Teachers are being priced out of housing. But districts across the country are finding solutions

Among them: building their own affordable teacher housing complexes and potentially repurposing former school buildings as residences.

Here’s how the Jefferson Union High School District shrank teacher turnover to nearly zero: It built 100 units of its own teacher housing. The district, which is just south of San Francisco, opened its 122-unit employee housing complex in May. Nearly all 122 units have already been leased to teachers, bus drivers and other employees, who are paying rents under 60% of local market rates, says Tina Van Raaphorst, the deputy superintendent for business services.

The complex was built on the former parking lot of a closed high school. The district launched the project with its own funds but was only able to hit its rent-reduction goal with the approval of a $33 million bond measure by voters. “We are very fortunate to have a very supportive voting base,” Van Raaphorst says. “What also helped was that we collaborated with our union leadership—parents and the community really listen to teachers.”

The school board decided to take action several years ago to tackle the district’s annual 25% turnover rate. After about two years of construction, Jefferson Union started the 2022-23 school year with all of its teaching positions filled.

Housing outpaces raises

A handful of districts across the country are zeroing in on the housing problem in efforts to stem teacher turnover in regions where the cost of living has become prohibitive for educators and other school personnel. Eagle County, Colorado, about two hours west of Denver in the Rocky Mountains, is home to Vail, one of North America’s biggest ski resorts. Teachers face high housing costs and limited options, says Matthew Miano, Eagle County School District’s chief communications officer. “Rental rates asked by landlords can far outpace urban areas with greater inventory,” says Miano, noting that his district is working on several fronts to solve the problem. 

Eagle County school leaders have worked with Habitat for Humanity for several years to build employee housing on district-owned land. Ground was just broken on a 37-unit apartment complex that will be reserved for district employees. And Superintendent Philip Qualman recently sent a letter to county homeowners asking them to consider renting out space to teachers and other district staff.

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Ultimately, the district hopes to create 120 new homes within the next 10 years. “Recruitment and retention will be an issue that will plague the state for years to come due to a broken funding model for education,” Miano says. “Until schools across Colorado can be funded equitably and adequately, all schools except those with the greatest funding will see struggles.”

Housing prices in Colorado have risen by 20% in the last few years, a rate that has in most cases outpaced the raises teachers have received, according to the “Affording the American Dream” report by the Keystone Policy Center. The state is experiencing an annual teacher turnover of around 15%, while about the same number of teaching positions are filled with long-term substitutes and other temporary measures, the report found.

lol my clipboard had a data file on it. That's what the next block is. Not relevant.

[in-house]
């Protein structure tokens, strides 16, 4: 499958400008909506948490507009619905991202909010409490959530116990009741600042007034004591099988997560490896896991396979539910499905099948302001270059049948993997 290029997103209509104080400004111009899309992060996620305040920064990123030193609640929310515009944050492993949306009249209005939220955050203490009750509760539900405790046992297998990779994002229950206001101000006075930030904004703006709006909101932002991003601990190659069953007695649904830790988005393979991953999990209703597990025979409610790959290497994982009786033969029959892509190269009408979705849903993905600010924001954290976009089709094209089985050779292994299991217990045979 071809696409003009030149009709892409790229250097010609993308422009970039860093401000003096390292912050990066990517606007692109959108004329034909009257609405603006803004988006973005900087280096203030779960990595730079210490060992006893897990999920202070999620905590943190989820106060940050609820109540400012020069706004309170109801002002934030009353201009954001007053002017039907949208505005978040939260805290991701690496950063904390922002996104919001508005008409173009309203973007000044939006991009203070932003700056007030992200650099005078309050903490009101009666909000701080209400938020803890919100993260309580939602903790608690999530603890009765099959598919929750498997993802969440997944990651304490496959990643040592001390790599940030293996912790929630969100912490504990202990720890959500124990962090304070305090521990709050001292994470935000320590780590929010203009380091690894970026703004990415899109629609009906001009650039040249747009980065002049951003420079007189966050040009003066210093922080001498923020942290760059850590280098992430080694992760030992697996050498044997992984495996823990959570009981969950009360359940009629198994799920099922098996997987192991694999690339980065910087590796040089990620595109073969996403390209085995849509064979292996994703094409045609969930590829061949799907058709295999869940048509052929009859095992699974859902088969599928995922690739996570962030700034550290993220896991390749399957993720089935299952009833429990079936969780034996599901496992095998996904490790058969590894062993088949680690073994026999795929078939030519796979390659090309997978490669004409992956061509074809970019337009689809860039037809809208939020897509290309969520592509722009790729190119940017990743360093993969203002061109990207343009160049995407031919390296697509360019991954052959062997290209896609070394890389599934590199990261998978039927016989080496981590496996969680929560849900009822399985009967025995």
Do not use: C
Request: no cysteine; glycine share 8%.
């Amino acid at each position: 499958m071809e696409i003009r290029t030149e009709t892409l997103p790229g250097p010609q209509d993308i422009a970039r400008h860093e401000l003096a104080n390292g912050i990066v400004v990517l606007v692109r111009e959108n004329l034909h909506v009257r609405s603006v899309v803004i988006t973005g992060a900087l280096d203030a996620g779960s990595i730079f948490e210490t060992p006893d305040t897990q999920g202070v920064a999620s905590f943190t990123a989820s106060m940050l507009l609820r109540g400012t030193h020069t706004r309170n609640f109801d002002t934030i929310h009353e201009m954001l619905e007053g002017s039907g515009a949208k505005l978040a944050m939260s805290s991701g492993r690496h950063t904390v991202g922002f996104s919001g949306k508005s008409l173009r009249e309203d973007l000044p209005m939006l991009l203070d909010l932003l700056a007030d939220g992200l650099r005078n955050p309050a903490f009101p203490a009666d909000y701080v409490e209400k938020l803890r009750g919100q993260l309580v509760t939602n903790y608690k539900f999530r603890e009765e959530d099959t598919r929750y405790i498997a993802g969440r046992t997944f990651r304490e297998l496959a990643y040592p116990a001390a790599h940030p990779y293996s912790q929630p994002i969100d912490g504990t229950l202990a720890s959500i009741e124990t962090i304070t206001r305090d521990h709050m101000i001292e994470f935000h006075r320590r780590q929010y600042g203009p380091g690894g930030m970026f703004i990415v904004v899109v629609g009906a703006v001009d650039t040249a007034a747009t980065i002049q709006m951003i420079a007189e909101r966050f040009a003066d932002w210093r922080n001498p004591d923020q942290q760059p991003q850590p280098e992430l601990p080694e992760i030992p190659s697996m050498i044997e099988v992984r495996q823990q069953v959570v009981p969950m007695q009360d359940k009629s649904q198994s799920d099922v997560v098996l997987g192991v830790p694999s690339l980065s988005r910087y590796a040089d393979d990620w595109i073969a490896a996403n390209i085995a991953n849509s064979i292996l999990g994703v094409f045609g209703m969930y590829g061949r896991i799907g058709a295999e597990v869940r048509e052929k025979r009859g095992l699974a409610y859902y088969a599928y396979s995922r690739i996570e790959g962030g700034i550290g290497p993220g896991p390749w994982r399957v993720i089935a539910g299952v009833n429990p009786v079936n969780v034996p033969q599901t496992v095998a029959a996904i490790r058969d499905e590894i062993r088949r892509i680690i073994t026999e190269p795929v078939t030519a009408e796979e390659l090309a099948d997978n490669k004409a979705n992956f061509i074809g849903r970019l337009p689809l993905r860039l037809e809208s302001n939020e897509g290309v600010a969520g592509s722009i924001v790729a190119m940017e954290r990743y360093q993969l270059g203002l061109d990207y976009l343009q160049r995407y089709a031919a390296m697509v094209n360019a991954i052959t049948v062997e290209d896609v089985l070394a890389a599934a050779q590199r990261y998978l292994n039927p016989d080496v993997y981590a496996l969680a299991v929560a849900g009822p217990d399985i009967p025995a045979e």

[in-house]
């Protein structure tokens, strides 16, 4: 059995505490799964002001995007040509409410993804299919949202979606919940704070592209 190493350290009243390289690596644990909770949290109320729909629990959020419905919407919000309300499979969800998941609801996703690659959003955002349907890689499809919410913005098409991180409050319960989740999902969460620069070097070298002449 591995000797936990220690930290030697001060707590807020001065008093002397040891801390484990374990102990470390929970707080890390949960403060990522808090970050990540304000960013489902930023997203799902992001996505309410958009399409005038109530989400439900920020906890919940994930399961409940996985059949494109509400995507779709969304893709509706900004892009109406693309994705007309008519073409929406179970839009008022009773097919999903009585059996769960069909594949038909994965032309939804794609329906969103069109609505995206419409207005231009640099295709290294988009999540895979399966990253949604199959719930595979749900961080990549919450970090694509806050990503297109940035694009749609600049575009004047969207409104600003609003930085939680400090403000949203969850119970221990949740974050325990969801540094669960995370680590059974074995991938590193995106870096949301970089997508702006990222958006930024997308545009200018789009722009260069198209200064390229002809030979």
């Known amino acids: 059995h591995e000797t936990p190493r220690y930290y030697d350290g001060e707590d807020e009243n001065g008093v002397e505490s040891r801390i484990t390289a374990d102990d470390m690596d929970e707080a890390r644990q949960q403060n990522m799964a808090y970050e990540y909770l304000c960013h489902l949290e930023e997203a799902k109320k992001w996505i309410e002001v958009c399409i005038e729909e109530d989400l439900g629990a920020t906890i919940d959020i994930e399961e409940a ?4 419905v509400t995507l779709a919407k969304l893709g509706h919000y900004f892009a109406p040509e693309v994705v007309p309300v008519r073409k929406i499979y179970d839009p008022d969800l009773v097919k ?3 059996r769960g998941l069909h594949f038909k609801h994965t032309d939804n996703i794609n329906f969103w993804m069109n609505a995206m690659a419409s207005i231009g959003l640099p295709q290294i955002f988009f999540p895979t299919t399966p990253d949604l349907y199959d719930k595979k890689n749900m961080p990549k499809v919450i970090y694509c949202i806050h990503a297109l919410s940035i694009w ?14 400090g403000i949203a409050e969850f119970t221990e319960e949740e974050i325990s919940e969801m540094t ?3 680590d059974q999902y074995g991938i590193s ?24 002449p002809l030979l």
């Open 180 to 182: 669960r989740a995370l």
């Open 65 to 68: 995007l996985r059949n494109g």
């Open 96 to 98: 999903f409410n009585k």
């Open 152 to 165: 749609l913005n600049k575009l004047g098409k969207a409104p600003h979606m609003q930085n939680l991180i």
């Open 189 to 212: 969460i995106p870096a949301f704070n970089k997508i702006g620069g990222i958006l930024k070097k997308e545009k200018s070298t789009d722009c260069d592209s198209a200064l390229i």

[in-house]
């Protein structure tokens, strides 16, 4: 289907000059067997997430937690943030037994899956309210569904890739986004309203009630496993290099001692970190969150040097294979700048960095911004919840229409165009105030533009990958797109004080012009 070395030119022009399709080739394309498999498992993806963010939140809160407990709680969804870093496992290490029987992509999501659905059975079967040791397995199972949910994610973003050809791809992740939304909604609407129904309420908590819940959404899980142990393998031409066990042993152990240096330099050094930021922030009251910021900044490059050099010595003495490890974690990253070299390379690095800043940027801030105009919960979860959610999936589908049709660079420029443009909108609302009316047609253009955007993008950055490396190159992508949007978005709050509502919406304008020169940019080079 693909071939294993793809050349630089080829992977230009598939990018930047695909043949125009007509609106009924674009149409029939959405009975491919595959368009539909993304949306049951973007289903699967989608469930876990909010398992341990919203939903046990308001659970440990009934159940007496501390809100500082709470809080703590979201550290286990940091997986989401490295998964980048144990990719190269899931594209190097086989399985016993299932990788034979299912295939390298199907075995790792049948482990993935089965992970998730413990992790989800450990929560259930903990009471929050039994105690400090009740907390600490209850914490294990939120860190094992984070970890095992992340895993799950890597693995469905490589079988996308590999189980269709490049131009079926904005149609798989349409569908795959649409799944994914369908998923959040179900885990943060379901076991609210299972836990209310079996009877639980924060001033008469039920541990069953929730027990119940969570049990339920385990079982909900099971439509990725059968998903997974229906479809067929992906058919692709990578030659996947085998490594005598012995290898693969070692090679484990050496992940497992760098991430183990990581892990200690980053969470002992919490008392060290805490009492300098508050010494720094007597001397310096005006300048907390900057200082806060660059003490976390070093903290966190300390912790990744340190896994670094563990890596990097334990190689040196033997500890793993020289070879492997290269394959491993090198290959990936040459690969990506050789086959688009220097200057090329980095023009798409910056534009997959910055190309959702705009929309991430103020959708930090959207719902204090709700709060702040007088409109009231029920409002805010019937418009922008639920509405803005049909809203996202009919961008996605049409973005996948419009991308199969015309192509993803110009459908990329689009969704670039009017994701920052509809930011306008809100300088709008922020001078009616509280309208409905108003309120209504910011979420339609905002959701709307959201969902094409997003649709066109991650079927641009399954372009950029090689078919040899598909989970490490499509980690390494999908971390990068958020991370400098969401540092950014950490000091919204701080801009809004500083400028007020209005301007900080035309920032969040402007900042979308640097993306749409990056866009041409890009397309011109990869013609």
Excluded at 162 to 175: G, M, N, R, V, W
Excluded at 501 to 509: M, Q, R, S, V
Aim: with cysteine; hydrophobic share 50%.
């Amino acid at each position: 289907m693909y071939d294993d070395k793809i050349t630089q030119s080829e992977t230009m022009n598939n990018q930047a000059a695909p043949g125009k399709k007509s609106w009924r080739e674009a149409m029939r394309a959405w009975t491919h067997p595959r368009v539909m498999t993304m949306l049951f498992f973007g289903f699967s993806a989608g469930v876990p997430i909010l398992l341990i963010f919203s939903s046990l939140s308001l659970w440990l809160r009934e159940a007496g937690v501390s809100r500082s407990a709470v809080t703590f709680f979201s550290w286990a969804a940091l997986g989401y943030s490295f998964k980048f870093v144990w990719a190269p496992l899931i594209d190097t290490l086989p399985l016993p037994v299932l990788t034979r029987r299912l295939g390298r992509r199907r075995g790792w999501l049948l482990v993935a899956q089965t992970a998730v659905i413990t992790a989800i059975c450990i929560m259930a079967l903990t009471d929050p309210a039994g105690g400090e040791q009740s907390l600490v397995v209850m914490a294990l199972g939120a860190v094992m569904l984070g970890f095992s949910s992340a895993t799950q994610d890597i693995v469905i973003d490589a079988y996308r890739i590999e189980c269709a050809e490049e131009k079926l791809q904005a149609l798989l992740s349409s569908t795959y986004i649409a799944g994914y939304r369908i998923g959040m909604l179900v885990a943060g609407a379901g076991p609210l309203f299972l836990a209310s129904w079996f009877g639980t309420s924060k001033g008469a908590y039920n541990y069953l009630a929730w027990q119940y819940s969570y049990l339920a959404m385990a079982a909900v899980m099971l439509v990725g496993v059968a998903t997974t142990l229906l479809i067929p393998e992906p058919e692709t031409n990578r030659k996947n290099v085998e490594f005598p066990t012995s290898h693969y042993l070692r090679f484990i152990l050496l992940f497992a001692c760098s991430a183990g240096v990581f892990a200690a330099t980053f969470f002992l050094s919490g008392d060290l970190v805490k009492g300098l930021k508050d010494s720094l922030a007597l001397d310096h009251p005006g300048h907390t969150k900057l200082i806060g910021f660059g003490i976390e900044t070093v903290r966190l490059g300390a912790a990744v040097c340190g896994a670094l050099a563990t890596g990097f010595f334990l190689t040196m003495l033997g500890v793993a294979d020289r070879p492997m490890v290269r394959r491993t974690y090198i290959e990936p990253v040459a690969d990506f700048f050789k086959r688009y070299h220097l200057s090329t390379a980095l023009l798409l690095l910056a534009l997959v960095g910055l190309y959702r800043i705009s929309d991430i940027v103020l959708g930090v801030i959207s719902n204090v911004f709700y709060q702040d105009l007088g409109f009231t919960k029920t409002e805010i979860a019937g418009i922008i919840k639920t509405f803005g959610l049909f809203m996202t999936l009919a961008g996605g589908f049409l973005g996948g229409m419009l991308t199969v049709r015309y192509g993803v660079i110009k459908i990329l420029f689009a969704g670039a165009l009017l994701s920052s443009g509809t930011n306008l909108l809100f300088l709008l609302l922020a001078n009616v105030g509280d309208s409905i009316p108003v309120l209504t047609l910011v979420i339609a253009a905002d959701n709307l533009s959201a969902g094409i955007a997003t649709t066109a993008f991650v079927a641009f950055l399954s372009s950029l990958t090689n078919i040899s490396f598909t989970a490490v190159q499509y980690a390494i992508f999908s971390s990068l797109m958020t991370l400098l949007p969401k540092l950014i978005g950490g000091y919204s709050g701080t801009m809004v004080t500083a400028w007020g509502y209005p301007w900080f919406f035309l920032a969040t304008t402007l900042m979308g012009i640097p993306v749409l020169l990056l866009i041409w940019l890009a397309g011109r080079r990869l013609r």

In the Denver area, the teachers union in Jeffco Public Schools is urging district leaders to create educator housing in more than a dozen elementary schools that may soon be closed, CBS Colorado reported. In Texas, leaders at Austin ISD may add a $50 million teacher housing bond to the November ballot and raise several hundred million dollars more to fund the construction of a potential 500 to 1,000 housing units, according to Community Impact, a local news website. The district’s teacher turnover rate has hit 20%, the website reported.

True stories of teacher housing

Back in the San Francisco Bay area, Van Raaphorst says it was important for administrators to drop into staff meetings to get employees on board with the housing effort. “We talked about how this will benefit the whole district even if you are secure in your housing,” she says. “The more stability there is for your colleagues, the less turnover there is, which is better for kids.”

Jefferson Union High School District's 122-unit employee housing complex south of San Francisco. (Jefferson Union High School District )
Jefferson Union High School District’s 122-unit employee housing complex south of San Francisco. (Jefferson Union High School District )

One of the district’s IT staffers moved into the complex after having lived in a house in San Francisco with eight to nine roommates. Another tenant, a teacher from the Philippines, was finally able to bring her children to the U.S. after having lived in the district without them for several years. Another teacher moved in after leaving the district for a few years to seek a cheaper cost of living in Florida, Van Raaphorst says.

Down the road, the district envisions building market-rate apartments elsewhere on the property to raise more revenues. “It’s worth the investment for the school and it’s a lot of work to get off the ground, and board support is critical,” she says. 

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Matt Zalaznick
Matt Zalaznick
Matt Zalaznick is a life-long journalist. Prior to writing for District Administration he worked in daily news all over the country, from the NYC suburbs to the Rocky Mountains, Silicon Valley and the U.S. Virgin Islands. He's also in a band.

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